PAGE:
I thought it was pretty cool big sites (and in some cases competitors) like Google.com and Amazon.com posted tributes to Steve Jobs on their home page. I looked around to see which other sites were doing this and have posted some screenshots after the break. If you know of others please let me know in the comments.
I received an e-mail this morning from Seth, who was having difficulty getting his initial Time Machine backup completed. Seth graciously agreed to having his question posted here in another edition of Aaron Answers. Below is his question and after the break is my response.
I really appreciate your blog, and wonder if you'd be willing to answer a Time Machine question i've run into. My old backup HD failed, so I bought a new 2T Iomega eGo desktop HD. Partitioned it into 3 partitions, including a 1.1T partition for my time machine backup. All seems to be working fine, except that the backup is too slow to get done unless I leave the computer running for 3-4 days, which I can't do as it's a laptop and I use it all the time. After the first night (8 hours of so) it had only done 20 Gb (out of my 400 Gb). After the second night, it did about 120 Gb. i don't know if I just need to find a 4-day window when I can leave my laptop backing up or if something is wrong with the software. I'm using the new USB2 cord, and it works nice and fast for manually backing up video files etc to other partitions in the drive. The drive seems to work quite fast. If you're able to offer any advice, that would be greatly appreciated!
During session breaks at BFlex yesterday I put together an OS X Automator workflow that works with the bit.ly URL shortener. I use bit.ly all the time and I wanted an easier way to create bit.ly shortened URLs in any application on OS X. Sure there are bit.ly tools available but none of them span the entirety of applications on my computer.
After whipping up my Automator workflow I can now shorten URLs by copying them to my clipboard, activating the workflow from the menu bar, and then pasting the contents of my clipboard into e-mail, Tweetie or any other app. The Automator workflow simply uses the contents of my clipboard to send a curl-based HTTP call to the bit.ly REST API, and replaces my clipboard contents with the returned API result.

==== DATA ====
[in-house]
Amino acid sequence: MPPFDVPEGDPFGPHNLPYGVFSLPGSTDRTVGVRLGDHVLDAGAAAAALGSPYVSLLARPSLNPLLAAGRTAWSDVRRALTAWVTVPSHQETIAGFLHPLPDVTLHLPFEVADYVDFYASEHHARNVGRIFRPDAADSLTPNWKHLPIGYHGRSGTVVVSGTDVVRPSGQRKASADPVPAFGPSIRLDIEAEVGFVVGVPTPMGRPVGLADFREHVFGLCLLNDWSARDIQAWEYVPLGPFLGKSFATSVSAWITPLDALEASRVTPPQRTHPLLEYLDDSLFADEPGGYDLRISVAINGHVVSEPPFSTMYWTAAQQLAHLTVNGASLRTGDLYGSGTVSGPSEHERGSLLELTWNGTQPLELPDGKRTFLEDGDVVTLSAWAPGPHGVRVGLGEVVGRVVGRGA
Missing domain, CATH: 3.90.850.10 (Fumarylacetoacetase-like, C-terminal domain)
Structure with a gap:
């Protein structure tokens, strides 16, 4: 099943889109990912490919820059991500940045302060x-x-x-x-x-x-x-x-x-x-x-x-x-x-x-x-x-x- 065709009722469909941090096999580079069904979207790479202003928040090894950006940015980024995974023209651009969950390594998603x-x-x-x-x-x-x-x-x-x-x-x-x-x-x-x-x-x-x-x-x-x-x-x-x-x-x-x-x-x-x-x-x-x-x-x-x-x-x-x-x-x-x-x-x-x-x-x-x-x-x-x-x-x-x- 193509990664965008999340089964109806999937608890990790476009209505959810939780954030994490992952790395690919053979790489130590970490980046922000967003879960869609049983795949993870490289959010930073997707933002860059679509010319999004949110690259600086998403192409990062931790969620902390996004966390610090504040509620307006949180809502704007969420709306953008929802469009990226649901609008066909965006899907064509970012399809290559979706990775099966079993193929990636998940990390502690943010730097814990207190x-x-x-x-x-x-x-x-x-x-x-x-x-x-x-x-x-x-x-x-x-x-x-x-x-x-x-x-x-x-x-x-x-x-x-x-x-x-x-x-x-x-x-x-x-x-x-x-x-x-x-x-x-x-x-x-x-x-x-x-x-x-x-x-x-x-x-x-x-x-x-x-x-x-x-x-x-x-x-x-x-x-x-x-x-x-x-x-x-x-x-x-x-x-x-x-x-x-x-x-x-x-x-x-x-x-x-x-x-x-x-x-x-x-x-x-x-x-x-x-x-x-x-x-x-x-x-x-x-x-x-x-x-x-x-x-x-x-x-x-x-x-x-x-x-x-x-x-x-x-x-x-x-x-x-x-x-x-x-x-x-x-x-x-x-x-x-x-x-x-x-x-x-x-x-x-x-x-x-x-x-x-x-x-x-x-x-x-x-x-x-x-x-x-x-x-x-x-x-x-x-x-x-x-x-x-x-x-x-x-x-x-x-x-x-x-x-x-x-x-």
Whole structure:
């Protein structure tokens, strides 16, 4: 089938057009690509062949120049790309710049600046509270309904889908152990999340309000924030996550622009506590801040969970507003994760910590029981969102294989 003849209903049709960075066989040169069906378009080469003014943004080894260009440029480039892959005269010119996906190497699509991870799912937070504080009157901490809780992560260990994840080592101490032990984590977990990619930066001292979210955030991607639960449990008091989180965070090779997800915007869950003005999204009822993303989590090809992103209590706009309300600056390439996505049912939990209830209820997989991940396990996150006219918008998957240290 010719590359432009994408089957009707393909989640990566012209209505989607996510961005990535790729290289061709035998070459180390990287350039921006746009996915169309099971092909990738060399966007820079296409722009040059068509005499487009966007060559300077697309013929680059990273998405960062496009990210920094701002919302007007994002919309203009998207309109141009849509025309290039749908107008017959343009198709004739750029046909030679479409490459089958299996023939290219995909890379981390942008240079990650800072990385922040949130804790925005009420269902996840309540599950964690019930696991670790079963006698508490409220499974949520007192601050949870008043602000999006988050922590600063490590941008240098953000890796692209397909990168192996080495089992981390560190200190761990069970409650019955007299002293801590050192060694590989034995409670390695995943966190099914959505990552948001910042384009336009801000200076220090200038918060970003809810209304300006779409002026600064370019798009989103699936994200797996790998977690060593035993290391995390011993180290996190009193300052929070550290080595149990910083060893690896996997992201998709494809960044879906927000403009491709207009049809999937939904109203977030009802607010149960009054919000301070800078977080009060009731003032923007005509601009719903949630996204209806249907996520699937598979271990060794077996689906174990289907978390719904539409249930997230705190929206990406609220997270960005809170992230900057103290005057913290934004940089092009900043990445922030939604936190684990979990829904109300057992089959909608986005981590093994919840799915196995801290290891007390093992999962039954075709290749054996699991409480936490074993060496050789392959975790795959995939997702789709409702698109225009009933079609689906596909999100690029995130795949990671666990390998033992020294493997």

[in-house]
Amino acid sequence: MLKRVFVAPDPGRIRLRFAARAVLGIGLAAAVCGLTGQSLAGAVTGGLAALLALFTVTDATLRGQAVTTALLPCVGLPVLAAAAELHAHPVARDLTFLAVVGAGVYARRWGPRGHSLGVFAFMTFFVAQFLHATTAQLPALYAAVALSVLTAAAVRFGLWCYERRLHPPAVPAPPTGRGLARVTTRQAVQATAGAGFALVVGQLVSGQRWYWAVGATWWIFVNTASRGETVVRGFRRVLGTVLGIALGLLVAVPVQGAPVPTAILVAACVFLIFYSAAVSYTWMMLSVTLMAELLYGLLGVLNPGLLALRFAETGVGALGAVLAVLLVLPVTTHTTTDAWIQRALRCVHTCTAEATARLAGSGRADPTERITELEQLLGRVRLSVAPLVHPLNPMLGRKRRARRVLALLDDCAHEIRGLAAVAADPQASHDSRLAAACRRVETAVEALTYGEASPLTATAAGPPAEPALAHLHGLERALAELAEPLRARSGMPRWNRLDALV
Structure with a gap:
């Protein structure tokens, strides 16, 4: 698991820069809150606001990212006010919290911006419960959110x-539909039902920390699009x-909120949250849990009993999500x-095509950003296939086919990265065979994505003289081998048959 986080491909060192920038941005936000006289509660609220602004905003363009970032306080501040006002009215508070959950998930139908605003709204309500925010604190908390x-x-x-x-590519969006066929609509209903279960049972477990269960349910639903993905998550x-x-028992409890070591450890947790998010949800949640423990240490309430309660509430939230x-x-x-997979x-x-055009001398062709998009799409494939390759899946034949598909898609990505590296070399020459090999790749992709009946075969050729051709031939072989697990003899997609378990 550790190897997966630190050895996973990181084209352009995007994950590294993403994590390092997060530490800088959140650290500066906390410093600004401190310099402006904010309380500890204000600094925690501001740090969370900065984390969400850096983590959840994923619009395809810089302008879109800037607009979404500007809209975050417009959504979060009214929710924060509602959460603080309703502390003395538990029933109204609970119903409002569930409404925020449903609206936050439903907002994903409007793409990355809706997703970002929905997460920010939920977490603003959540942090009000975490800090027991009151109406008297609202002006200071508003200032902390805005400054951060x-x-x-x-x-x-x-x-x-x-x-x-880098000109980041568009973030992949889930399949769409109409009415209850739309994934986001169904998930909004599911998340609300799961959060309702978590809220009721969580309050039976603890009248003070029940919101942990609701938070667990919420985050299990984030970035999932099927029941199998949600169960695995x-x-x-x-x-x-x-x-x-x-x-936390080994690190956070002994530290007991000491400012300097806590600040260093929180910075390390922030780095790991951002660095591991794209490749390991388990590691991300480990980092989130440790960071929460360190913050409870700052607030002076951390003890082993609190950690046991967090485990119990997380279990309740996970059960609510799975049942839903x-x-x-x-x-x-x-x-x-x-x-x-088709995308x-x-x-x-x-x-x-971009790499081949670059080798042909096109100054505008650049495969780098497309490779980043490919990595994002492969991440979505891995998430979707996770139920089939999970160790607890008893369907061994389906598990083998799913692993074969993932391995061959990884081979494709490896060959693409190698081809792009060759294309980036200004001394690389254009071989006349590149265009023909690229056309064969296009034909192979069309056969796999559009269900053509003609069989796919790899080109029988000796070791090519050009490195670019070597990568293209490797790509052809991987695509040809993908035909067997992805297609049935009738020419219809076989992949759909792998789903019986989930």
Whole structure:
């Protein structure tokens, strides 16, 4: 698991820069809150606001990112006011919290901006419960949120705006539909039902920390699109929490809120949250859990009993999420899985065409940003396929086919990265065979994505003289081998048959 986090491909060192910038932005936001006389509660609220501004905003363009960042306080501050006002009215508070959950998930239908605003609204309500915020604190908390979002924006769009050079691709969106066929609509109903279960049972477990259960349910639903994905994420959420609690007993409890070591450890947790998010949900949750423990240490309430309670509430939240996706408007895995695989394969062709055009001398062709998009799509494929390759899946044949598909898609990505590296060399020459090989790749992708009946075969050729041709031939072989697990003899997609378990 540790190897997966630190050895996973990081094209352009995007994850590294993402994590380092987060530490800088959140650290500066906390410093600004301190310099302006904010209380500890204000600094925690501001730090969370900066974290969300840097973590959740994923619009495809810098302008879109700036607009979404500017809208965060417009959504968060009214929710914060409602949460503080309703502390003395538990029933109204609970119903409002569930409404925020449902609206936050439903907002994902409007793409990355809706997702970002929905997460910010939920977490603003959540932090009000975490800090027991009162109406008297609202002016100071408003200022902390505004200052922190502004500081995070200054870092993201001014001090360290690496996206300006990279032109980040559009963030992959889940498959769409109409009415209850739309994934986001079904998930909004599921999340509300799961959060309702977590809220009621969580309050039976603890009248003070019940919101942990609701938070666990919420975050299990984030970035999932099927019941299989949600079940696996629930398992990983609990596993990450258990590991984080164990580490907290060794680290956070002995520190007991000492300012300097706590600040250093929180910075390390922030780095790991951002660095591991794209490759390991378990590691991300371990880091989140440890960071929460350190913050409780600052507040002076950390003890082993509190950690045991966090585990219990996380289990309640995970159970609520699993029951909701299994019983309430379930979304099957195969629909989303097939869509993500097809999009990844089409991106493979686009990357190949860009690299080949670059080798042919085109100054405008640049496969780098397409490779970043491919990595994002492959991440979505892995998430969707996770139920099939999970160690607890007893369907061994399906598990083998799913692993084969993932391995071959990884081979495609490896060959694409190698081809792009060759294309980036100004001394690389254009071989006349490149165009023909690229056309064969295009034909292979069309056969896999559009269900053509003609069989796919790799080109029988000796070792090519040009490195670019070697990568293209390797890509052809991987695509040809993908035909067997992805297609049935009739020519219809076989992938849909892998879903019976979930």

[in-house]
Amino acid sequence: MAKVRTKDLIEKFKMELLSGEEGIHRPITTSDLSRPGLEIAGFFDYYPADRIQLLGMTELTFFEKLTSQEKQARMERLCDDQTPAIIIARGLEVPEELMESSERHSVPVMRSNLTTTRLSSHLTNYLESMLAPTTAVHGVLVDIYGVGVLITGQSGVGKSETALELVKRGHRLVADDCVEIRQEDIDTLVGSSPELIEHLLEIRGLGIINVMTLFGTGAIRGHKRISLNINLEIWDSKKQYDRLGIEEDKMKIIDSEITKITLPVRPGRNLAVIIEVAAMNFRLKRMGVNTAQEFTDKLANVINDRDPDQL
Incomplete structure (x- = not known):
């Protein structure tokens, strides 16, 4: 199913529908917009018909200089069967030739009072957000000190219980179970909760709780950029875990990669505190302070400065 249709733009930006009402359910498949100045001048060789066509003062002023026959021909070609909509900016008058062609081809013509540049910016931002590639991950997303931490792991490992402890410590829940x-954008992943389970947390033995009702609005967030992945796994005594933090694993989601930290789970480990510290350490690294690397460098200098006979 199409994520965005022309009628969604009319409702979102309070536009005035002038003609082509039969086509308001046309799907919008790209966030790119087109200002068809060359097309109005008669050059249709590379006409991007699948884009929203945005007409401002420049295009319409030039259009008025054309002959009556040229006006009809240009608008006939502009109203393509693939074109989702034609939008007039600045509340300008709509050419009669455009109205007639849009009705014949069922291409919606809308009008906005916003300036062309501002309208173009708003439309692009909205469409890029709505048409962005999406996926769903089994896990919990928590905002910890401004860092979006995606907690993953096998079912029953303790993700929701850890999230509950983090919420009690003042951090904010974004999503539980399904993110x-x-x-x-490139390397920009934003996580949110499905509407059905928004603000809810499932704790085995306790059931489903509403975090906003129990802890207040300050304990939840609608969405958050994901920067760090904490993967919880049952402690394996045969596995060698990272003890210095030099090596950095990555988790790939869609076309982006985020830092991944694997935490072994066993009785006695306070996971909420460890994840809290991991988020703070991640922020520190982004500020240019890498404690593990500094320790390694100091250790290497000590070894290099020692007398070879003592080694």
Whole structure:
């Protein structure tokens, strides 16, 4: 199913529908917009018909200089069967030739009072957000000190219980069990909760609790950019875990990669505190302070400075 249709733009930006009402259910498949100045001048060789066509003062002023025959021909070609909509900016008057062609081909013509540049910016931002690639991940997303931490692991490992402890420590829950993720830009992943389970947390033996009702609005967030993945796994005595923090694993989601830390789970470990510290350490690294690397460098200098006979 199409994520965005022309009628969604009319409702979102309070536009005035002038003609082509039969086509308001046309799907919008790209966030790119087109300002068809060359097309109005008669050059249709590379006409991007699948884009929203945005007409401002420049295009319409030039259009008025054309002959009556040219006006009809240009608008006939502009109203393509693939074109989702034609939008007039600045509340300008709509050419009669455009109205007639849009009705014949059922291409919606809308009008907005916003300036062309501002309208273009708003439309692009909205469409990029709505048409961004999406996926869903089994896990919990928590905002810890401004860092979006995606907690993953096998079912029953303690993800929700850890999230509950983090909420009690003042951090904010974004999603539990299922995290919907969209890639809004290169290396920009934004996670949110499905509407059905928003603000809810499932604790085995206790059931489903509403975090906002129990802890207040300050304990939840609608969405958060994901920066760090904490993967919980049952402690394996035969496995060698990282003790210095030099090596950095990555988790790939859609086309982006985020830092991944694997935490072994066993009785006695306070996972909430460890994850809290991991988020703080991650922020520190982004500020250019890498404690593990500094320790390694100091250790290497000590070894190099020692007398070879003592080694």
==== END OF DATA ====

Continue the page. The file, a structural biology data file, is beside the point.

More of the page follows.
Click the image below for a quick demo. It's pretty basic so far and some long URLs with unencoded URL parameters fail to create shortened results. I'd love your feedback and suggestions on the workflow, so feel free to download it and submit a comment on this post. You can be using it in less than a minute. NOTE: This requires a free bit.ly account.
In case you missed the download link above, click here to grab the script.
Back in April I blogged about an issue I found with the Chrome browser where the Flash Player debugger wasn't working properly. That post has received a number of views and has helped a few folks get around the issue. I recently ran into a similar issue where viewing PDF files in Chrome caused the following screen to display. NOTE: I believe this issue only pertains to the dev channel version of Chrome.
I recently stumbled upon a little tab key trick in Mac OS X. I already knew you could press the tab key to autocomplete directory names, but I didn't know you could press the tab key additional times to resolve directory name ambiguity. How does it work? When you are typing directory names and paths, which you do with the change directory (cd) command, you can press the tab key to autocomplete the directory names. If two directories have similar names OS X and Linux will complete what you type up to the point one or more additional directory names match. If you continue to press the tab key a list of all possible directory names will display. This lets you determine what you are looking for and continue typing a directory name to resolve the ambiguity.
I'm stunned I didn't know about this neat feature of OS X and Linux, the two platforms I tested.
Check out the quick video demo below to see exactly what I'm talking about.
A few weeks ago I started using Chrome on Mac OS X as my main Web browser. I had grown tired of Safari 4 chewing up nearly a gig of RAM after leaving it open for a week or more. Don't get me wrong, Safari is a fantastic browser and I wasn't happy about switching. But I can't have any browser chew through a gig of memory even if it takes it a week to do so. Chrome is nearly as fast as Safari (for me) and I've left it open for two weeks without any tab hogging memory. Each opened tab spawns its own process allowing a single tab to fail without affecting other tabs. In general I've found each tab occupies 25 MB to 40 MB of RAM. If you do that math you'll realize I can open around 25-40 tabs before Chrome takes up a gig of RAM.